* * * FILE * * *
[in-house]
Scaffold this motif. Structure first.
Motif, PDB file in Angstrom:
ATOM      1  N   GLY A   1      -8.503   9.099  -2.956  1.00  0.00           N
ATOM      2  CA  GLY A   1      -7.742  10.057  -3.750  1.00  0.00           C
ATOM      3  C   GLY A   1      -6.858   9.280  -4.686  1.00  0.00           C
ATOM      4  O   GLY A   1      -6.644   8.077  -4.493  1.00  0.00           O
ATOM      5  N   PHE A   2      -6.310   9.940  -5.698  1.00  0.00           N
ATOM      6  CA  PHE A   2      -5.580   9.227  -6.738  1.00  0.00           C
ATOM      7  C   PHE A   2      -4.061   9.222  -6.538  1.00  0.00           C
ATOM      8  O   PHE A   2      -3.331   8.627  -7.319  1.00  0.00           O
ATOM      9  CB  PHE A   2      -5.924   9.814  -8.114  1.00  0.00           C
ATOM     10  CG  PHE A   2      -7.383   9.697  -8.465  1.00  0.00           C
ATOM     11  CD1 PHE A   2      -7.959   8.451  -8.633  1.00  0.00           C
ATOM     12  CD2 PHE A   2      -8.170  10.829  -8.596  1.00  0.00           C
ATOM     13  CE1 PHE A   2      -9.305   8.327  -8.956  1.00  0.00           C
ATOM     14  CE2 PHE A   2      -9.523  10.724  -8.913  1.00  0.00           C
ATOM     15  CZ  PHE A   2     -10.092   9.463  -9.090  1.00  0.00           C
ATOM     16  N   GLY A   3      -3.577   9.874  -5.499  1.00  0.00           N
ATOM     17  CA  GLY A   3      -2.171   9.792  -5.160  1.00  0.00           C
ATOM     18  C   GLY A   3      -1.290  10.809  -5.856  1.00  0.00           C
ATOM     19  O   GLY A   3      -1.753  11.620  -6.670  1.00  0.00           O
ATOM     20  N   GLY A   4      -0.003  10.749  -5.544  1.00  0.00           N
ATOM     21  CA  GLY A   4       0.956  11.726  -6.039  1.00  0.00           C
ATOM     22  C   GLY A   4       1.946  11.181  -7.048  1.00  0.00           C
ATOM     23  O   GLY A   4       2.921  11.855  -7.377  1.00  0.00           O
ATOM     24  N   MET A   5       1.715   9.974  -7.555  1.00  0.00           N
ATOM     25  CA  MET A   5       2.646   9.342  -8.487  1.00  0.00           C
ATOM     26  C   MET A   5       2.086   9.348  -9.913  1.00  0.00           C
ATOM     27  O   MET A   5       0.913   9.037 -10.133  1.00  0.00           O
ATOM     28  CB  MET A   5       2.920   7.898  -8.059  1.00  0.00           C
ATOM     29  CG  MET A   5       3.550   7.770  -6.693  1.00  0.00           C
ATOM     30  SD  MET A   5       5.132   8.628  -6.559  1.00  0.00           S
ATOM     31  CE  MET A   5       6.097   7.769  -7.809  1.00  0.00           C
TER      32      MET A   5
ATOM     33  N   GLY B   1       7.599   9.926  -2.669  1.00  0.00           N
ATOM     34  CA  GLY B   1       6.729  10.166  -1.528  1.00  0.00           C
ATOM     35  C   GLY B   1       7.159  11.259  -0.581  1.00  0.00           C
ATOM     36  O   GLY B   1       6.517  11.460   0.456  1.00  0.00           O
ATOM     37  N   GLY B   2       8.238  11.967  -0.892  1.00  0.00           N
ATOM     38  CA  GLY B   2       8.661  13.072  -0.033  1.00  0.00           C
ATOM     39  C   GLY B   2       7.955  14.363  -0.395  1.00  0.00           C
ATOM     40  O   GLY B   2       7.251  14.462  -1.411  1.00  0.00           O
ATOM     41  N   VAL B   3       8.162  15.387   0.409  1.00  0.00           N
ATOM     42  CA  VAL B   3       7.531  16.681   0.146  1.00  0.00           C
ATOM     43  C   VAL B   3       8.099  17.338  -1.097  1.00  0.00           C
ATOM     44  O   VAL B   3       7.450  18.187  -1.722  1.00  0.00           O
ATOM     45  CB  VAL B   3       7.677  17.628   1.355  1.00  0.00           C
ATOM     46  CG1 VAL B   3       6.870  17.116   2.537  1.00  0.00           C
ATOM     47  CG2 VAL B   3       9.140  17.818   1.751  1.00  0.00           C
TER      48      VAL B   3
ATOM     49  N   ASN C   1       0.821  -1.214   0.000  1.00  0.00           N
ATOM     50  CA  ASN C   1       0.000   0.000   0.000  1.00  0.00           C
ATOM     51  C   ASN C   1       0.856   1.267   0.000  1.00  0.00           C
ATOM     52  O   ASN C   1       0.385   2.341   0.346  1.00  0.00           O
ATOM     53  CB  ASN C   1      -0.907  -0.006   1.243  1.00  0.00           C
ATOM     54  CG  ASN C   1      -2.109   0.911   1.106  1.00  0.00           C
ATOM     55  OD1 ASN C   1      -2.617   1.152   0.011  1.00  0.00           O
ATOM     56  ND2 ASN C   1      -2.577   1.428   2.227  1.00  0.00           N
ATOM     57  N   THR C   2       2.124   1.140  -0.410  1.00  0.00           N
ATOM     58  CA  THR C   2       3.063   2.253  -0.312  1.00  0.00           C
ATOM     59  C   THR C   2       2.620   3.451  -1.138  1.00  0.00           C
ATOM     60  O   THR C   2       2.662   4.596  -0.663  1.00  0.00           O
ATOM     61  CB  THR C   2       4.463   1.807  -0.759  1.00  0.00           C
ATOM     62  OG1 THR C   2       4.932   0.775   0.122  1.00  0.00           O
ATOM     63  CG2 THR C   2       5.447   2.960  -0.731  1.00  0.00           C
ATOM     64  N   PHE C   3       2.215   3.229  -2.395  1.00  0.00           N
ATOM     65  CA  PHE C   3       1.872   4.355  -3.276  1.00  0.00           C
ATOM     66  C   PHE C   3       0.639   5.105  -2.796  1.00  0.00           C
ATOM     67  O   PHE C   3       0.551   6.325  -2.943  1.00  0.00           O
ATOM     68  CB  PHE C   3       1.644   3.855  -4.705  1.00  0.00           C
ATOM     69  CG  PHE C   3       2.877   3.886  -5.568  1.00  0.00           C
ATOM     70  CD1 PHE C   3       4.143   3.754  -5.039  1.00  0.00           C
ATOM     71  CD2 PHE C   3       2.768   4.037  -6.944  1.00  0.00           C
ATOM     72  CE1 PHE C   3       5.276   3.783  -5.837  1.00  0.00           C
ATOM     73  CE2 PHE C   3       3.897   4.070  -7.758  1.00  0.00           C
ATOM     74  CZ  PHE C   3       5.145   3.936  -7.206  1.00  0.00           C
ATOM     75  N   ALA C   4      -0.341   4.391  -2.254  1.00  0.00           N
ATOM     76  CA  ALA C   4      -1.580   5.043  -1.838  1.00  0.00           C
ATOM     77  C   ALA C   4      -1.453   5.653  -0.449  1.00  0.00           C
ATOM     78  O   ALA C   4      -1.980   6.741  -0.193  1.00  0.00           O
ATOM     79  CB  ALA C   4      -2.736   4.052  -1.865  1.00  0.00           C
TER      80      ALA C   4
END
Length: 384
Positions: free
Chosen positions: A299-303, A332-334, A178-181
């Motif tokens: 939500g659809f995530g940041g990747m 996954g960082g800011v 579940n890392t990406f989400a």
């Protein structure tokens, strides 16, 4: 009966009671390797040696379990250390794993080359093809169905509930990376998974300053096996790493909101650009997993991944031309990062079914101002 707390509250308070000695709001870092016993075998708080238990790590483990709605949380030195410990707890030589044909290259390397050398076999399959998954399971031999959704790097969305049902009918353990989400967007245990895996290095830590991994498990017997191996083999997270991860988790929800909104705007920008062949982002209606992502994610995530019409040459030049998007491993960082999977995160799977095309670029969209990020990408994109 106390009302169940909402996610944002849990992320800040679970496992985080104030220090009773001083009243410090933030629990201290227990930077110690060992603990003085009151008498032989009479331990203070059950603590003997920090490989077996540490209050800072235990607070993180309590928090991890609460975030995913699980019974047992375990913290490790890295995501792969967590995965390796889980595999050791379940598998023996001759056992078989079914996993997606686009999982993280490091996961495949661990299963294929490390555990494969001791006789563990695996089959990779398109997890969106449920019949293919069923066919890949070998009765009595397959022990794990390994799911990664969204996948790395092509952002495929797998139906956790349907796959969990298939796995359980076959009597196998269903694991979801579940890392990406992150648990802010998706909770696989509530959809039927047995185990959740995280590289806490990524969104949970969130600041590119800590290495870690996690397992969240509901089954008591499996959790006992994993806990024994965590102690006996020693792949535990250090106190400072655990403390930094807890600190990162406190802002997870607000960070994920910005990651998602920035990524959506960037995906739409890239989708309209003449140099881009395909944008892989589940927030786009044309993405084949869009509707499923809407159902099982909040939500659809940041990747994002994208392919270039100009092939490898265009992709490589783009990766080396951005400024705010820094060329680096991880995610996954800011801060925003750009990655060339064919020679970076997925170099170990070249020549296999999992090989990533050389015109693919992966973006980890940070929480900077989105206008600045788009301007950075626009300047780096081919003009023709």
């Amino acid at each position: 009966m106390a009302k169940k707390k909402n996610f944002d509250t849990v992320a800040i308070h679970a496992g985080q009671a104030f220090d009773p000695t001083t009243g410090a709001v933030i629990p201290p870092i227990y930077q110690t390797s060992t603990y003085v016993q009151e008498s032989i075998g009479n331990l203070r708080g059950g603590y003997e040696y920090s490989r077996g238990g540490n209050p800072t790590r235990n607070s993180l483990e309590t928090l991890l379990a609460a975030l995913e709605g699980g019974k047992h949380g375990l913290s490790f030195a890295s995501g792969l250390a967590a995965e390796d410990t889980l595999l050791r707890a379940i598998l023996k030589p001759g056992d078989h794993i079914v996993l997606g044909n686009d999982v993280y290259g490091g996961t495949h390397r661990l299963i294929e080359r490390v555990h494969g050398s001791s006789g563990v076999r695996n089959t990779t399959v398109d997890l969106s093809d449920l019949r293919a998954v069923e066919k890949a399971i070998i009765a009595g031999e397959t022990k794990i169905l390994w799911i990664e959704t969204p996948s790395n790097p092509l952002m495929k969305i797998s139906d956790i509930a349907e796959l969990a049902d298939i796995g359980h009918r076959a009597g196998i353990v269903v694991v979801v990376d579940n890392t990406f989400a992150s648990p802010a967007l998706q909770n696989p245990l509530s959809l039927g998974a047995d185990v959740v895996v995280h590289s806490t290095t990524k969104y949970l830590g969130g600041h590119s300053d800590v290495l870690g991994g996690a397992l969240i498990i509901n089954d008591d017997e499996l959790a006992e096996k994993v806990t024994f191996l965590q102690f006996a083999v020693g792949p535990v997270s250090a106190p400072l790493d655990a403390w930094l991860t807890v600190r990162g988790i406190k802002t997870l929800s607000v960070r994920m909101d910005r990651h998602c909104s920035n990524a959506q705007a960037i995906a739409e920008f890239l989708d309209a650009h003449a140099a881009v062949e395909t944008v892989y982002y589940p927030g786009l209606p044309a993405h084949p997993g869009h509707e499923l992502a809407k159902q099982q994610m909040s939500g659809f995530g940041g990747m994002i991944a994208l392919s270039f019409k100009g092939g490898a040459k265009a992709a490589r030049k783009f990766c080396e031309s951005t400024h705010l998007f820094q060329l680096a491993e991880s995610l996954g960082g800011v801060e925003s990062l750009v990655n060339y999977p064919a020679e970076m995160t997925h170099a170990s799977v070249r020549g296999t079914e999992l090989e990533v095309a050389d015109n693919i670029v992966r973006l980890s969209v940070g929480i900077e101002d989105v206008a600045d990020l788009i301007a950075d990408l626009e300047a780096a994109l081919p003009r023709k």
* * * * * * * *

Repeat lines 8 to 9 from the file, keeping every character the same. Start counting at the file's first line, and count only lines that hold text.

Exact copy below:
ATOM      5  N   PHE A   2      -6.310   9.940  -5.698  1.00  0.00           N
ATOM      6  CA  PHE A   2      -5.580   9.227  -6.738  1.00  0.00           C